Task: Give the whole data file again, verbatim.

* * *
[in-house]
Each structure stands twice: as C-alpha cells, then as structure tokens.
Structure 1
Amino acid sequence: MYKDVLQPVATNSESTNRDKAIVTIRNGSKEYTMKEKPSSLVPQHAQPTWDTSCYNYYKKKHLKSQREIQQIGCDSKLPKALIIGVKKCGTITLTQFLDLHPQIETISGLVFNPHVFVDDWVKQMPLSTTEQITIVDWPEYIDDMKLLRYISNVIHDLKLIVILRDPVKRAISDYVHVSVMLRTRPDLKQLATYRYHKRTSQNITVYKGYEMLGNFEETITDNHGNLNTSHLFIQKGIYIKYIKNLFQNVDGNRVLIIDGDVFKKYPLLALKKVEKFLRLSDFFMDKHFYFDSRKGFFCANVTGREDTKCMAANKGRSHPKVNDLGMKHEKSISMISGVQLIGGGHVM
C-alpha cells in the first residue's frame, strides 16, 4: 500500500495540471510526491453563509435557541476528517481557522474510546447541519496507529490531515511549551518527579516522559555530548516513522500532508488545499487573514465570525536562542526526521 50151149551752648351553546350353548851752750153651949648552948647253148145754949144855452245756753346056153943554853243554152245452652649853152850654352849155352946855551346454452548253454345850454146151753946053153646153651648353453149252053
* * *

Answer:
[in-house]
Each structure stands twice: as C-alpha cells, then as structure tokens.
Structure 1
Amino acid sequence: MYKDVLQPVATNSESTNRDKAIVTIRNGSKEYTMKEKPSSLVPQHAQPTWDTSCYNYYKKKHLKSQREIQQIGCDSKLPKALIIGVKKCGTITLTQFLDLHPQIETISGLVFNPHVFVDDWVKQMPLSTTEQITIVDWPEYIDDMKLLRYISNVIHDLKLIVILRDPVKRAISDYVHVSVMLRTRPDLKQLATYRYHKRTSQNITVYKGYEMLGNFEETITDNHGNLNTSHLFIQKGIYIKYIKNLFQNVDGNRVLIIDGDVFKKYPLLALKKVEKFLRLSDFFMDKHFYFDSRKGFFCANVTGREDTKCMAANKGRSHPKVNDLGMKHEKSISMISGVQLIGGGHVM
C-alpha cells in the first residue's frame, strides 16, 4: 500500500495540471510526491453563509435557541476528517481557522474510546447541519496507529490531515511549551518527579516522559555530548516513522500532508488545499487573514465570525536562542526526521 50151149551752648351553546350353548851752750153651949648552948647253148145754949144855452245756753346056153943554853243554152245452652649853152850654352849155352946855551346454452548253454345850454146151753946053153646153651648353453149252053